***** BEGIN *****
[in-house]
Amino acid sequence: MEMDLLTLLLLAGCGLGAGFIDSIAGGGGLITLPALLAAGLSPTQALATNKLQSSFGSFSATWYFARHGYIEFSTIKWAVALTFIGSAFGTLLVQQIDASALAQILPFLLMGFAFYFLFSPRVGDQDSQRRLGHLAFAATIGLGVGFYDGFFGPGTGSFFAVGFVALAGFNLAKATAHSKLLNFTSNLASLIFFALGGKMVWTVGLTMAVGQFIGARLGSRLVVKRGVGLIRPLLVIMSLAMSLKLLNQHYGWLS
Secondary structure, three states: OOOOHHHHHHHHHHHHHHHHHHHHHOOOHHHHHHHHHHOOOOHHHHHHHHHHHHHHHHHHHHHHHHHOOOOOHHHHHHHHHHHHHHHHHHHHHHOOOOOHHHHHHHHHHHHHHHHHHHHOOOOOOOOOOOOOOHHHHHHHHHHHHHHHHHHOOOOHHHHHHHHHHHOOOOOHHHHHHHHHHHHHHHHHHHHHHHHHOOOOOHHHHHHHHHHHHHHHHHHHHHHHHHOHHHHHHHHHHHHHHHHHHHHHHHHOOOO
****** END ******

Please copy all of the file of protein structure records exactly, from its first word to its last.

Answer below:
[in-house]
Amino acid sequence: MEMDLLTLLLLAGCGLGAGFIDSIAGGGGLITLPALLAAGLSPTQALATNKLQSSFGSFSATWYFARHGYIEFSTIKWAVALTFIGSAFGTLLVQQIDASALAQILPFLLMGFAFYFLFSPRVGDQDSQRRLGHLAFAATIGLGVGFYDGFFGPGTGSFFAVGFVALAGFNLAKATAHSKLLNFTSNLASLIFFALGGKMVWTVGLTMAVGQFIGARLGSRLVVKRGVGLIRPLLVIMSLAMSLKLLNQHYGWLS
Secondary structure, three states: OOOOHHHHHHHHHHHHHHHHHHHHHOOOHHHHHHHHHHOOOOHHHHHHHHHHHHHHHHHHHHHHHHHOOOOOHHHHHHHHHHHHHHHHHHHHHHOOOOOHHHHHHHHHHHHHHHHHHHHOOOOOOOOOOOOOOHHHHHHHHHHHHHHHHHHOOOOHHHHHHHHHHHOOOOOHHHHHHHHHHHHHHHHHHHHHHHHHOOOOOHHHHHHHHHHHHHHHHHHHHHHHHHOHHHHHHHHHHHHHHHHHHHHHHHHOOOO